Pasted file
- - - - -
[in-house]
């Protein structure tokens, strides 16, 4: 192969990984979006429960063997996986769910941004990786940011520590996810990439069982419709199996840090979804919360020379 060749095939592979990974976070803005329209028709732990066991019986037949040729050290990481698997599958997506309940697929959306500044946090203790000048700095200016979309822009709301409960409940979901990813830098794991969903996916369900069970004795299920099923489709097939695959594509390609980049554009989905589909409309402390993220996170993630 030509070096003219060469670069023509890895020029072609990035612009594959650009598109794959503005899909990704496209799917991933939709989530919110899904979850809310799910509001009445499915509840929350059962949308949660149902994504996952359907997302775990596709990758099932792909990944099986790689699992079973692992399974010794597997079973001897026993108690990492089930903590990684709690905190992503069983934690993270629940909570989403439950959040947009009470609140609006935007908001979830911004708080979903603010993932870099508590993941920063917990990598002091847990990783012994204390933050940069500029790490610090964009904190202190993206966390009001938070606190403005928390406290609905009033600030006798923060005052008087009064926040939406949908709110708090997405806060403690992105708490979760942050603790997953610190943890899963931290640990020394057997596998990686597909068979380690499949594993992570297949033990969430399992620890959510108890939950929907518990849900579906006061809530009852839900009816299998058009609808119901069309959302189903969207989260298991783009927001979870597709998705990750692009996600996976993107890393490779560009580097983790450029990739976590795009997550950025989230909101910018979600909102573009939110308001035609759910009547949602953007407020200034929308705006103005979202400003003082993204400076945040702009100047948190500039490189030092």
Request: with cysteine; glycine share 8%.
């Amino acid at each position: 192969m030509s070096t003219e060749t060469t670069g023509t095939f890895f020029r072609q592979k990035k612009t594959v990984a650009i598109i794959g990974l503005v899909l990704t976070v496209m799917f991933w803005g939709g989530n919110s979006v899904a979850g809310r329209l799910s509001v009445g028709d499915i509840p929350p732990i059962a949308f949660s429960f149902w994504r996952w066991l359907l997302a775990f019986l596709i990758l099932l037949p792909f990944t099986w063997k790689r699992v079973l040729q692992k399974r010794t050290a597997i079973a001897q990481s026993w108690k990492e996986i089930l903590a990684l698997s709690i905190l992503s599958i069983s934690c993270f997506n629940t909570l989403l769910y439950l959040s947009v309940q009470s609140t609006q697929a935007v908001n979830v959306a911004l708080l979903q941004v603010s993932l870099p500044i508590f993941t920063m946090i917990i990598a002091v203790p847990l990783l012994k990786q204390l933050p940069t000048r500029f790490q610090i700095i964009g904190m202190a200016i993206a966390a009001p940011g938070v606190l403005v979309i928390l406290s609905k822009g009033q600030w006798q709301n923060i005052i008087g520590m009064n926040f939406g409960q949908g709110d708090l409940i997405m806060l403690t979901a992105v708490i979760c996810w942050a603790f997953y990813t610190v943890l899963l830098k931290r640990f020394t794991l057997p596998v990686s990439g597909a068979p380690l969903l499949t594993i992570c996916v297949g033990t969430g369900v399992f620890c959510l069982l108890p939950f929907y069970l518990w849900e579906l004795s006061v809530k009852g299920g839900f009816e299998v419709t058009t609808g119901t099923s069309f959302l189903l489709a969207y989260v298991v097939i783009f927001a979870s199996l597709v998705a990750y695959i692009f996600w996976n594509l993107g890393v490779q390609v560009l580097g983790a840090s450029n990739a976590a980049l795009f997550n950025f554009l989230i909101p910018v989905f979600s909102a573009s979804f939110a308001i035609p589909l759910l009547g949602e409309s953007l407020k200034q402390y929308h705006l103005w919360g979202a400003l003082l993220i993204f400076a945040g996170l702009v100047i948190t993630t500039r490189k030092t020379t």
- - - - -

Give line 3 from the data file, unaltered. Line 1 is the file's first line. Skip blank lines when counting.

Request: with cysteine; glycine share 8%.